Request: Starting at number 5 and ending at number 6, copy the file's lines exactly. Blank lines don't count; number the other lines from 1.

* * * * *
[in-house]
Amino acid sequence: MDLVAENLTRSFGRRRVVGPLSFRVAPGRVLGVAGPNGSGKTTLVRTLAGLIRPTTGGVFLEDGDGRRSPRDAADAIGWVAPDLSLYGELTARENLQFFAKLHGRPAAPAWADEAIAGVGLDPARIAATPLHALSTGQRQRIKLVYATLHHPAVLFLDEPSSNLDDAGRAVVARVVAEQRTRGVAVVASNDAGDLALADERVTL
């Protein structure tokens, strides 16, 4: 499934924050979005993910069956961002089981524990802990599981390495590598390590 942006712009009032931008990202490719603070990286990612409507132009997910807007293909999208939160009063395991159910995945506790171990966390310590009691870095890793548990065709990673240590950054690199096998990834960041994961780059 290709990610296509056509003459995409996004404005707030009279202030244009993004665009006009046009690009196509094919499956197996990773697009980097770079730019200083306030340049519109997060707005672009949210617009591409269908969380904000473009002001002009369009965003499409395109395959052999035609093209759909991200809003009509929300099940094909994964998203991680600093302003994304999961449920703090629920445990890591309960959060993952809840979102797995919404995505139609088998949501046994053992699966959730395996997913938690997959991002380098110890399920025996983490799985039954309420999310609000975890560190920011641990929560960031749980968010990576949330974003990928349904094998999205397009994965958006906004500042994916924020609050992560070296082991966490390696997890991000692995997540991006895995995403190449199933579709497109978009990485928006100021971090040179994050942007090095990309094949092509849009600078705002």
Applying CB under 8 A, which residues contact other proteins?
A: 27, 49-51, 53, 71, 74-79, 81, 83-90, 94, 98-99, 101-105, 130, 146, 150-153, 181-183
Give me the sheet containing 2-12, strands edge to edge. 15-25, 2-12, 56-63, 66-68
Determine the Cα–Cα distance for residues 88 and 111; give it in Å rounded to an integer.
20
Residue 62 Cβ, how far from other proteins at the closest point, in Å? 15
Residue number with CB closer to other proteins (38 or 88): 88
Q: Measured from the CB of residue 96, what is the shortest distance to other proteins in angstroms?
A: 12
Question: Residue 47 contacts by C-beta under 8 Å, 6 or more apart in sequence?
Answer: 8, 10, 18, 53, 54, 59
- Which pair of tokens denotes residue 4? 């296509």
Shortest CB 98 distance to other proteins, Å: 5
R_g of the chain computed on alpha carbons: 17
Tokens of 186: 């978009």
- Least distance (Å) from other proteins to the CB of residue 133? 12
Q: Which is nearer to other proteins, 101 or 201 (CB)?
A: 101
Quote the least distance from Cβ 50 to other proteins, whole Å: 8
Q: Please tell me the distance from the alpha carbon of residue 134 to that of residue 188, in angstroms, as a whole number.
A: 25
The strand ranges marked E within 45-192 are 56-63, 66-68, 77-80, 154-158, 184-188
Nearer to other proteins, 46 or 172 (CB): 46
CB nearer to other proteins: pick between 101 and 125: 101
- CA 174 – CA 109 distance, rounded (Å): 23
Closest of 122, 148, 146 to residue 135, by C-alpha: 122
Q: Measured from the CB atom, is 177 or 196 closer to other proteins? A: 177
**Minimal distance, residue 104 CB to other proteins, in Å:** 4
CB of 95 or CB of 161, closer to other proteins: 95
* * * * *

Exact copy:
A: 27, 49-51, 53, 71, 74-79, 81, 83-90, 94, 98-99, 101-105, 130, 146, 150-153, 181-183
Give me the sheet containing 2-12, strands edge to edge. 15-25, 2-12, 56-63, 66-68